St. Lucia

Office To Monitor and Combat Trafficking in Persons
Tier 2

St. Lucia is a source and destination country for persons subjected to forced prostitution and forced labor. Legal and illegal immigrants from Haiti, Jamaica, the Dominican Republic, Guyana, and South Asia, especially those working in domestic service, are the groups most vulnerable to human trafficking. There are indications that internal prostitution of St. Lucian children occurs; third-party prostitution of children under 18 is a form of human trafficking. Foreign women in prostitution are also vulnerable to sex trafficking. According to the police and NGOs, pimps, strip club operators, and brothel owners are the most likely sex trafficking perpetrators in the country. St. Lucian citizens are subjected to forced prostitution in other countries.

The Government of St. Lucia does not fully comply with the minimum standards for the elimination of trafficking; however, it is making significant efforts to do so. The government demonstrated significant progress in the identification and referral of potential trafficking victims during the reporting period. It increased its anti-trafficking law enforcement efforts by launching two anti-trafficking investigations. It did not prosecute any trafficking offenders, including any government employees complicit in human trafficking. In addition, the government made few discernible efforts to prevent human trafficking during the reporting period.

Recommendations for St. Lucia:

Continue to identify and provide assistance to trafficking victims, including prostituted children under 18; vigorously prosecute, convict, and punish perpetrators of forced labor and sex trafficking, including officials complicit in human trafficking; provide and encourage the use of standard operating procedures to guide police, immigration, labor, child protection, and social welfare officials in the proactive identification of trafficking victims and their referral to appropriate services; and provide police and other law enforcement officials with standard operating procedures on a victim-centered approach to the investigation of suspected trafficking cases.


The Government of St. Lucia made progress in addressing human trafficking through law enforcement means during the reporting period. The government prohibits all forms of trafficking through the 2010 Counter-Trafficking Act, which prescribes punishments of five to 10 years’ imprisonment with fines. These penalties are sufficiently stringent and commensurate with other serious crimes, such as rape. The government initiated two sex trafficking investigations during the reporting period; this represents an improvement from the previous year when it did not conduct any trafficking investigations. The government did not report any prosecutions of trafficking offenses or convictions of trafficking offenders or public officials complicit in human trafficking in 2013, 2012, or 2011. Security for sex trade establishments was reportedly sometimes provided by off-duty police officers, an arrangement that risks inhibiting law enforcement’s willingness to investigate allegations of human trafficking in the sex trade. There were no standard operating procedures in place to guide law enforcement authorities in how to handle trafficking cases. The government provided in-kind support to an IOM-led training workshop related to human trafficking for 32 participants from 20 government ministries and NGOs. The Ministry of National Security reported training 130 police officers in six trafficking awareness sessions from September 2013 through March 2014. The training included trafficking sensitization, an overview of St. Lucian trafficking laws, and coordination with outside organizations to address trafficking.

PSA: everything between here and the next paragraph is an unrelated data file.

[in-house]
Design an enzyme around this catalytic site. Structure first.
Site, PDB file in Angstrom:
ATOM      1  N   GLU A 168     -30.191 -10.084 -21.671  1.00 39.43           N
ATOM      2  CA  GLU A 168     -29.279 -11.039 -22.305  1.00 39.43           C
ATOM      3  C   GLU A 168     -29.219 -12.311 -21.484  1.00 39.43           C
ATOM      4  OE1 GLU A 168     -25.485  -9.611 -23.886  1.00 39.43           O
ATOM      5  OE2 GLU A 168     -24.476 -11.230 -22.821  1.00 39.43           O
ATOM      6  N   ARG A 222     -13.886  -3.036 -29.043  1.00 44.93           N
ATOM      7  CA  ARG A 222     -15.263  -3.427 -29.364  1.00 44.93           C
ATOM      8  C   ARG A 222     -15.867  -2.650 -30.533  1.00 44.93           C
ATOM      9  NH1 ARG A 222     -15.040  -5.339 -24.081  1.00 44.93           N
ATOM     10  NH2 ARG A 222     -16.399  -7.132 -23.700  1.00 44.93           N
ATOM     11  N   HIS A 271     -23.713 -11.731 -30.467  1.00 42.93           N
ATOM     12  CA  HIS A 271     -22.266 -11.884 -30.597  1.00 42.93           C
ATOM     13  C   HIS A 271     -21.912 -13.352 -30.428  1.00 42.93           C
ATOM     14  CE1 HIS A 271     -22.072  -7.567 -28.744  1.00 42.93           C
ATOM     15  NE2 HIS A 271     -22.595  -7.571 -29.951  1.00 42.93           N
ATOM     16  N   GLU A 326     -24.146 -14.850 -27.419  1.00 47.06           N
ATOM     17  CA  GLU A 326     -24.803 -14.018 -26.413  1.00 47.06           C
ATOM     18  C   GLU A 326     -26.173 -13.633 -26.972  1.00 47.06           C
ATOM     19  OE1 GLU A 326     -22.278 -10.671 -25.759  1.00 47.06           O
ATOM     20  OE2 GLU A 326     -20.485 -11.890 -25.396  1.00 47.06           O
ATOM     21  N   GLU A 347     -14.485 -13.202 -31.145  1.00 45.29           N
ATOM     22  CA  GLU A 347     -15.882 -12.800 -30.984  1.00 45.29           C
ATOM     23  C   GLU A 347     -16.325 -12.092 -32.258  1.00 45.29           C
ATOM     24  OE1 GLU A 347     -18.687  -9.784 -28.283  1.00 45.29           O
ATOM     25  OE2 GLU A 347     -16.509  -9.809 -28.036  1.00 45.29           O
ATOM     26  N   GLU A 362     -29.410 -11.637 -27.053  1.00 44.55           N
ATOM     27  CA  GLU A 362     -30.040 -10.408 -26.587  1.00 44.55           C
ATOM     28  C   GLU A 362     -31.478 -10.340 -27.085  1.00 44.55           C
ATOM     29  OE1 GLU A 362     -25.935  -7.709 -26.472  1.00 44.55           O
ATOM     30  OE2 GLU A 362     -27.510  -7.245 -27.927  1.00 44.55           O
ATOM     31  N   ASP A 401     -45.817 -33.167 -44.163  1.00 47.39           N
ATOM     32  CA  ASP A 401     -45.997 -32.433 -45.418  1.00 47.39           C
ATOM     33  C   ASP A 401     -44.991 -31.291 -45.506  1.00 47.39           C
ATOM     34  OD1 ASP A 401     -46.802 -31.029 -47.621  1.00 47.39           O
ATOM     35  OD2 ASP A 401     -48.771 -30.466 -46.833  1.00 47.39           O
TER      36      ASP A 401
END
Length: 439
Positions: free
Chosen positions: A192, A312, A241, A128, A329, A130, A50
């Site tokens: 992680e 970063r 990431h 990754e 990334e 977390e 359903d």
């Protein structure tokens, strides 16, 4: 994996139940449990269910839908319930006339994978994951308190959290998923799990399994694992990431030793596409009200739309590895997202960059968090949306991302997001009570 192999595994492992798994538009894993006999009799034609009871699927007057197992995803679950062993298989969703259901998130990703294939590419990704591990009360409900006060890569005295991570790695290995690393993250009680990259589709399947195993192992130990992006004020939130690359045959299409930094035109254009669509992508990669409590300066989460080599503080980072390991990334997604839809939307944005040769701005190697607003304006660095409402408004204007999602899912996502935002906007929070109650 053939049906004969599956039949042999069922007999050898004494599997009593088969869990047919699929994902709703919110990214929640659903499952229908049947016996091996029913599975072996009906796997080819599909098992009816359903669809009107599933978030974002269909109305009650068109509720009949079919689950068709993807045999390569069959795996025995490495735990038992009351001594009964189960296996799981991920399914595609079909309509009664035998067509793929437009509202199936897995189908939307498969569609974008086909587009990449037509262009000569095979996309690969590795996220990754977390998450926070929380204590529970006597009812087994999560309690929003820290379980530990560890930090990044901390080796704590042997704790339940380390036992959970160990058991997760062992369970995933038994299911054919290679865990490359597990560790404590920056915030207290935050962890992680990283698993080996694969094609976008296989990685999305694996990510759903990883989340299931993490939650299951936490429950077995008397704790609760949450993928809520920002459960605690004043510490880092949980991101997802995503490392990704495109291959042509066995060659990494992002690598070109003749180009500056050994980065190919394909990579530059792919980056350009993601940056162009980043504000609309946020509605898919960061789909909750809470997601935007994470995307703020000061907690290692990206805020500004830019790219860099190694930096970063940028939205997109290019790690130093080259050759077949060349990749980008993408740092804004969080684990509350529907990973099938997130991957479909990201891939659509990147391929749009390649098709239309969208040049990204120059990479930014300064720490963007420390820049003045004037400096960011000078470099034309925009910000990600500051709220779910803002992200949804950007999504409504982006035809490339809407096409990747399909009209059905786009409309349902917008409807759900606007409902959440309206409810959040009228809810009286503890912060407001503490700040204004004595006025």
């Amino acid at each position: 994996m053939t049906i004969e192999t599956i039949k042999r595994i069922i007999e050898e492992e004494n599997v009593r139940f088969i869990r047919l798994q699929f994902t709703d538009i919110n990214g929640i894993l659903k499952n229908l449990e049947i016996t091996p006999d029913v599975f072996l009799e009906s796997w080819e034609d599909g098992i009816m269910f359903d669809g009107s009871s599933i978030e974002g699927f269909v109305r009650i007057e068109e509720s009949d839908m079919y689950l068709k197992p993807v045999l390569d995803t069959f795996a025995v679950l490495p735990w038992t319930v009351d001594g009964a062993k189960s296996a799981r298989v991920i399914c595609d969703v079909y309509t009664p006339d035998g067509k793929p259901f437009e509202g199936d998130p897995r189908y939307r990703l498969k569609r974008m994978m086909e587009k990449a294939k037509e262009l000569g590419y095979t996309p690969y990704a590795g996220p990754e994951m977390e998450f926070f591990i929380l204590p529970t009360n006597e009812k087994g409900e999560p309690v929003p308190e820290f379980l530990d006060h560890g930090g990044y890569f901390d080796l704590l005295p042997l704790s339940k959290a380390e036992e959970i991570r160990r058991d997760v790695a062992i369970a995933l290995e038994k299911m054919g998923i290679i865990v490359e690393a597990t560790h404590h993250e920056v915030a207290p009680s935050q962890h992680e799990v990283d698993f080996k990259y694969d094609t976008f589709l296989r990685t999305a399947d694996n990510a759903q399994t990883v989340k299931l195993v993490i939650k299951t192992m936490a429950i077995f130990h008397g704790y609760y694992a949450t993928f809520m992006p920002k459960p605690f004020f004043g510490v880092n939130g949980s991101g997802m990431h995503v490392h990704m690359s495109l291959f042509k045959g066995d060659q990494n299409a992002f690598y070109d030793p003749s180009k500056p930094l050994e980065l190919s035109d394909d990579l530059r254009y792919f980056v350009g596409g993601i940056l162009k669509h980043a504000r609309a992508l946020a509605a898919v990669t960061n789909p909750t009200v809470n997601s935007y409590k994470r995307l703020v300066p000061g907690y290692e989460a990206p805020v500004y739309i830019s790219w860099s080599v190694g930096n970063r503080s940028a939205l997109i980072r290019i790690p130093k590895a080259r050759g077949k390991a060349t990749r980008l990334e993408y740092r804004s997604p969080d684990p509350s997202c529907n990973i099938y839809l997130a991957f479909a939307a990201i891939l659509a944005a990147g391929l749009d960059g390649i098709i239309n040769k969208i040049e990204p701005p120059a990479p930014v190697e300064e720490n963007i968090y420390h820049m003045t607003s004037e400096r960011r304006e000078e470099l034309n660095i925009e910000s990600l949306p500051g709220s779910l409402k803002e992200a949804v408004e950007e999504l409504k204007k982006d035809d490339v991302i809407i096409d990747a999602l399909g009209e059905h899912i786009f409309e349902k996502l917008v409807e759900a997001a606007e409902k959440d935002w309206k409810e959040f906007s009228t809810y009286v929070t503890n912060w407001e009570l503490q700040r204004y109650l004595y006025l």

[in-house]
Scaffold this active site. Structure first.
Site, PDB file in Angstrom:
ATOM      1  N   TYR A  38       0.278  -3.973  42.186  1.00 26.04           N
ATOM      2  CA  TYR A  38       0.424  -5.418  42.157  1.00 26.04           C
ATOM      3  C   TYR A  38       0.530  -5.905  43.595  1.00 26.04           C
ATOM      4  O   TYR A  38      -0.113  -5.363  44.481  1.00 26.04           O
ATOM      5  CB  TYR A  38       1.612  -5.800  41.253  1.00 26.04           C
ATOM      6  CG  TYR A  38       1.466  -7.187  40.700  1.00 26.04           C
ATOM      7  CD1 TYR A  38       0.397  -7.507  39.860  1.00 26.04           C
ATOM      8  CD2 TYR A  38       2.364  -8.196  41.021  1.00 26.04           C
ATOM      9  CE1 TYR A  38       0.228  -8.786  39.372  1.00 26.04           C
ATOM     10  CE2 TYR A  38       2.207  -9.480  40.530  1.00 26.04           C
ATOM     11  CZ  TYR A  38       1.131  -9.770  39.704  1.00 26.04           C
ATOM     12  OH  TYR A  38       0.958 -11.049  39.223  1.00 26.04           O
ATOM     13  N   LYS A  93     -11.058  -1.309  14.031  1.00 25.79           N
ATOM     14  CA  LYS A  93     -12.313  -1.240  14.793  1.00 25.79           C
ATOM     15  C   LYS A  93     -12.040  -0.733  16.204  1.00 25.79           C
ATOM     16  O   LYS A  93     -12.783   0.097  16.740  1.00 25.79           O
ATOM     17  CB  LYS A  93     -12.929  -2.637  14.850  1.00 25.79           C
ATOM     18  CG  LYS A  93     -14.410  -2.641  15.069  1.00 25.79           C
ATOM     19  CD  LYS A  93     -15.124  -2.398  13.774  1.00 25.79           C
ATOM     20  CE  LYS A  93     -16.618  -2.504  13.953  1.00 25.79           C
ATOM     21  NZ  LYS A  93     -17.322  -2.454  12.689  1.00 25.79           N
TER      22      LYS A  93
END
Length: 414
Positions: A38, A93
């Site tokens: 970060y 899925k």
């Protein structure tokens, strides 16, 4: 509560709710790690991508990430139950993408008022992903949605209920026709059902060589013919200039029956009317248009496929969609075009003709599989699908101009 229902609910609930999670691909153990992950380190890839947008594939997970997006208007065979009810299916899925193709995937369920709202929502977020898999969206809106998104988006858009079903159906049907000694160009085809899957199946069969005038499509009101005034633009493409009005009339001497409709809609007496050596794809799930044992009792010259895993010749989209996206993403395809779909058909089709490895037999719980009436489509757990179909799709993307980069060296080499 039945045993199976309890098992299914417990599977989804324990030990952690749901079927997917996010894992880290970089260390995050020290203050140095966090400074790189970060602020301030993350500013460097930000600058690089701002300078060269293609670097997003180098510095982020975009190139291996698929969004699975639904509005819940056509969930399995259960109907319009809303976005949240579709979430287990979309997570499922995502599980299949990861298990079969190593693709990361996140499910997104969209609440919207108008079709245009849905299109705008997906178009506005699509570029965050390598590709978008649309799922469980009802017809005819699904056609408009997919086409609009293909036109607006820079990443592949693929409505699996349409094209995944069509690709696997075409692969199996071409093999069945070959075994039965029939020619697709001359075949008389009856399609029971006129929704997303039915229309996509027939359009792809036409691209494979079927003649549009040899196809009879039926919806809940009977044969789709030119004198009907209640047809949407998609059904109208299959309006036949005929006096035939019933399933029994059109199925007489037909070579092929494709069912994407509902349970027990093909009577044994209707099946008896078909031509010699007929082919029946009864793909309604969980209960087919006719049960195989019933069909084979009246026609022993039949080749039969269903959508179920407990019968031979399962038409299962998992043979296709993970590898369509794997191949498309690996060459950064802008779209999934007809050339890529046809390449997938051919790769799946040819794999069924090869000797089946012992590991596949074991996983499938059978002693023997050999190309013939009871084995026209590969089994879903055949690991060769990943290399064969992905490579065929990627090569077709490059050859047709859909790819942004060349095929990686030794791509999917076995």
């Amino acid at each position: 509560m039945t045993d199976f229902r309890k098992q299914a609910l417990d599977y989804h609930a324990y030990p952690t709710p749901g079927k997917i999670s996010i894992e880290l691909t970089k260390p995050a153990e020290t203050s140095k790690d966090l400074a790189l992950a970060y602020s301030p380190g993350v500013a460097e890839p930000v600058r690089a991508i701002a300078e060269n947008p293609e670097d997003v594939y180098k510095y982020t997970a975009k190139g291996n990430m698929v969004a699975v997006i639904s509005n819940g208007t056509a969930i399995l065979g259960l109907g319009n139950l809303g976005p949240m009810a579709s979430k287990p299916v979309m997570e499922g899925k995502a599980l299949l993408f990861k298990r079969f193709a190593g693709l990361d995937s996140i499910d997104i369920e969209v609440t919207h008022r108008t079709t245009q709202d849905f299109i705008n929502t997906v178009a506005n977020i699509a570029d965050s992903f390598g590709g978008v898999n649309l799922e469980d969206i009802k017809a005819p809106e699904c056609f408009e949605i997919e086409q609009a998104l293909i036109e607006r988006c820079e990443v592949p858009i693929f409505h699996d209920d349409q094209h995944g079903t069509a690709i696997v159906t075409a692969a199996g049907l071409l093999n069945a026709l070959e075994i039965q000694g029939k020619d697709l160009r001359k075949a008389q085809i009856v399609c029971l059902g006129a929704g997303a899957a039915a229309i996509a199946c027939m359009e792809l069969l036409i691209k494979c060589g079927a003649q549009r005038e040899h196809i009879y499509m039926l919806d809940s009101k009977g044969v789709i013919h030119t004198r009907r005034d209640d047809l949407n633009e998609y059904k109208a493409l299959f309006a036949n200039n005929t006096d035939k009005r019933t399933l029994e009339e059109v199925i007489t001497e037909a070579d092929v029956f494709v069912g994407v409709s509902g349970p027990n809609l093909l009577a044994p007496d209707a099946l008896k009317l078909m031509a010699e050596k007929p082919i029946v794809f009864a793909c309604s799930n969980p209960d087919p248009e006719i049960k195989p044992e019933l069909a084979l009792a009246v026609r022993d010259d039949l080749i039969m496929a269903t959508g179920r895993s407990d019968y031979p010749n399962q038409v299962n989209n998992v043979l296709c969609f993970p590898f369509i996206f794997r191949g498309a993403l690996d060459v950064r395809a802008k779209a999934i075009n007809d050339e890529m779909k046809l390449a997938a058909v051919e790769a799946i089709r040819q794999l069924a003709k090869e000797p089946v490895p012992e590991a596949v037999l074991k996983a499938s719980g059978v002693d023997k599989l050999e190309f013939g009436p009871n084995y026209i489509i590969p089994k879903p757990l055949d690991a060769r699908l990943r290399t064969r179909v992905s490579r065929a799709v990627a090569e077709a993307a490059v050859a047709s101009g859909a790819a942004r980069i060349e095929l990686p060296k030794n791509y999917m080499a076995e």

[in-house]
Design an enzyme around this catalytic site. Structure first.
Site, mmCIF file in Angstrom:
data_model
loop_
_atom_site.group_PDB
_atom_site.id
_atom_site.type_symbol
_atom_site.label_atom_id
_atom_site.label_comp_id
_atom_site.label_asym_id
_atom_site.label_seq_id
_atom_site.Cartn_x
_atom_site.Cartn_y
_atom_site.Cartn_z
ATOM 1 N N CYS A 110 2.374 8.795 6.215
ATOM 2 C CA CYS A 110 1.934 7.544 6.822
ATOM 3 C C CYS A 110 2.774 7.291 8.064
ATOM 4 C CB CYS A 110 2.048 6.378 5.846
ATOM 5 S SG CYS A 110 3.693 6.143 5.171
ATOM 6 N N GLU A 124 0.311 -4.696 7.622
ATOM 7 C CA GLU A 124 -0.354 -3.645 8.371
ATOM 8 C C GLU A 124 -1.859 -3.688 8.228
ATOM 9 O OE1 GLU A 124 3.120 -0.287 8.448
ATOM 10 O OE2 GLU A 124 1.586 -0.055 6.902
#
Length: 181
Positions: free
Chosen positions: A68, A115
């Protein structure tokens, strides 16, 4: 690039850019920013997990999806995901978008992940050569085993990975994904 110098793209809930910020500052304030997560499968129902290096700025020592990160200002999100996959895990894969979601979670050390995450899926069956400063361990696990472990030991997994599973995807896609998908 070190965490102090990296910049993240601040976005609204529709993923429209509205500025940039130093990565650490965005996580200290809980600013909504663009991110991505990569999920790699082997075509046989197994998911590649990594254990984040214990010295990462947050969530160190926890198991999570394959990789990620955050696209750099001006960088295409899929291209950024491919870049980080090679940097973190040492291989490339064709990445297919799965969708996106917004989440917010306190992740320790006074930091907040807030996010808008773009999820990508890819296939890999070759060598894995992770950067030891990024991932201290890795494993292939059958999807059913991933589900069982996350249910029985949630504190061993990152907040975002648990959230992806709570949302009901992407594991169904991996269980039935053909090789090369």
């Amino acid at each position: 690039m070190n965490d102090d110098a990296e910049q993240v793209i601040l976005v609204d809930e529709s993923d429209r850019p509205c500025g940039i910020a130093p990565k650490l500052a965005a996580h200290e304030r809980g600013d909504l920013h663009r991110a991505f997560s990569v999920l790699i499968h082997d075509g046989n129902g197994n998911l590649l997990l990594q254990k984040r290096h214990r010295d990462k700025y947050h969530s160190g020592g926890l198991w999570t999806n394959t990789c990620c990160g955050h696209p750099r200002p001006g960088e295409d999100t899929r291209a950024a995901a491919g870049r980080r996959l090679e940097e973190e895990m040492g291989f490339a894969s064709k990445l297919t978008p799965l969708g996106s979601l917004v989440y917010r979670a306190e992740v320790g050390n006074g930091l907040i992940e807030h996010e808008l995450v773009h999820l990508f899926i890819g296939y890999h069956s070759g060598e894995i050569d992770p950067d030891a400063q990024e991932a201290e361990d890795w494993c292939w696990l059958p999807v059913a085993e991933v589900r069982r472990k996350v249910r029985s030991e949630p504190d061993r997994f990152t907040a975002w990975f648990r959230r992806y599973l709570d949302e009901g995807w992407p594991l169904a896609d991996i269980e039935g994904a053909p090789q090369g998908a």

The government demonstrated important progress to identify and protect victims of human trafficking during the reporting period. In March 2014, the government identified four potential trafficking victims; this is an increase from no potential victims identified the previous year. The government partnered with IOM to ensure proper care and assistance for the victims and provide appropriate temporary shelter. The government reported running a system of informal shelters in which victims, including male children, could seek assistance. A government-funded NGO ran a shelter for girls, but it was not known if the facility assisted any trafficking victims. The government did not have formal procedures to guide law enforcement, health, and other officials in how to identify trafficking victims and refer them to available protection and assistance services. Strong victim protection provisions in the 2010 Counter-Trafficking Act were intended to encourage victims to participate in the investigation and prosecution of trafficking offenders. The act provides that the alleged consent of a victim to the exploitation, as well as the past sexual behavior of a victim, is irrelevant to status as a victim. The act also protects trafficking victims from prosecution for crimes committed as a direct result of their being trafficked and protects foreign victims from deportation. The government did not report using any of these protections during the reporting period.


The government made no discernible efforts to prevent human trafficking during the reporting period. There was no national campaign to raise awareness about forced labor and sex trafficking. An interagency taskforce drafted a human trafficking national action plan, which was undergoing review before being presented to the Cabinet of Ministers. The government did not have a campaign to reduce the demand for commercial sex acts or forced labor. The government has not identified a problem with child sex tourism in St. Lucia. In July 2013, St. Lucia became a party to the 2000 UN TIP Protocol.